Surprisingly, there is no precise definition of terrorism. Walter Laqueur, an expert in the field, has counted over one hundred definitions of the term. Definitions depend on one's point of view and are inherently controversial. The only general characteristic that seems to be agreed upon is that terrorism involves violence and the threat of violence. But when is the use of violence legitimate? Even the United States government does not have one, all embracing definition.
The Department of Defence, the FBI and the State Department all have different definitions of the term. This is why Walter Laqueur has written" even if there were an objective, value-free definition of terrorism, covering all its important aspects and features, it would still be rejected by some for ideological reasons." Title 22 of the United States Code ( 22 USC 2656) defines terrorism as premediated, politically motivated violence perpetrated against noncombatant targets by subnational groups or clandestine agents.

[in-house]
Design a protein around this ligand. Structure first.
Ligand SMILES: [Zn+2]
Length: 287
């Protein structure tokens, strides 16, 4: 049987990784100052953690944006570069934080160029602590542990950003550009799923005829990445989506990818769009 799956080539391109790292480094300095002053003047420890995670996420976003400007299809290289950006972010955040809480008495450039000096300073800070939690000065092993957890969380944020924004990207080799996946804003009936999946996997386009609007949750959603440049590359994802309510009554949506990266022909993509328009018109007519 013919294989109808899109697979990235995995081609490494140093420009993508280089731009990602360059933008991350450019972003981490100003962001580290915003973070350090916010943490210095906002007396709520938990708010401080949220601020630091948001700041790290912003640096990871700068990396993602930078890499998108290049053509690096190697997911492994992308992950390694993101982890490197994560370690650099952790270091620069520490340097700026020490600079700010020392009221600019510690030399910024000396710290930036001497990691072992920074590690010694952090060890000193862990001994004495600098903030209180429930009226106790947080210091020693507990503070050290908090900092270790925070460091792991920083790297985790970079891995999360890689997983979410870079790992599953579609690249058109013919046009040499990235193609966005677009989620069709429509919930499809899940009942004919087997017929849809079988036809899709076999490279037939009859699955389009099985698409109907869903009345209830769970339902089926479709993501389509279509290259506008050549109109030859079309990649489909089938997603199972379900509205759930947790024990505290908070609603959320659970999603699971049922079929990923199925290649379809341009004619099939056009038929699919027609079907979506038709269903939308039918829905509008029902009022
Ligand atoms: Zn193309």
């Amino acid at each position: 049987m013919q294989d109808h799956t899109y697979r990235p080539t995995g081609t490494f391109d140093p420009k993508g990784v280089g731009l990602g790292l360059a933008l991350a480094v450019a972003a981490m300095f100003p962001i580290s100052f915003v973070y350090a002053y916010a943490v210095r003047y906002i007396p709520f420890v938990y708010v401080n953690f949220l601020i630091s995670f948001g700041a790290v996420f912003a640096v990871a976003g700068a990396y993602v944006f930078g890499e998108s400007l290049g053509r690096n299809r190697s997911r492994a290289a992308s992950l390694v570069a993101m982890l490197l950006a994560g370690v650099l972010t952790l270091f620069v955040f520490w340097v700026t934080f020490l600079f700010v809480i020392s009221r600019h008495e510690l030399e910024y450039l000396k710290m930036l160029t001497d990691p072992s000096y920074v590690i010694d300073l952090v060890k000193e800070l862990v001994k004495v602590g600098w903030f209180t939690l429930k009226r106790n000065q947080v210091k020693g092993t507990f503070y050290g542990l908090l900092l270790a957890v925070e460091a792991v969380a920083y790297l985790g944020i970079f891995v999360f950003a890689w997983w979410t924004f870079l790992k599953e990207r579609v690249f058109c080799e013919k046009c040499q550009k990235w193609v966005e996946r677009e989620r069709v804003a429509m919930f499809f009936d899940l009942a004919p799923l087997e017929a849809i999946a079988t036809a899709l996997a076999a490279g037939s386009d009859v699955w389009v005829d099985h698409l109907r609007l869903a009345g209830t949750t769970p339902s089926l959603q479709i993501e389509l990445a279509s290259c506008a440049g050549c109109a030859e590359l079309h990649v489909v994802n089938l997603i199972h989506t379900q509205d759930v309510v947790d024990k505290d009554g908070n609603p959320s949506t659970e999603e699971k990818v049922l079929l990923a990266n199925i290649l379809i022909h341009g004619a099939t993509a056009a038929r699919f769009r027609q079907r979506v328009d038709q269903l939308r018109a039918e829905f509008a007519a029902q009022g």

Michael Kronenwetter, in his book "Terrorism:A Guide to Events and Documents" (2004) writes that "the difficulty of defining terrorism is largely self-imposed. It is manufactured out of the need to justify certain violent actions, while condemning others." He writes that terrorist acts have three elements: "malicious actions or threats directed against people who are regarded as innocent, or who are protected by the laws and conventions of modern warfare and designed ( at least partly) to frighten, intimidate, or otherwise influence populations or governments."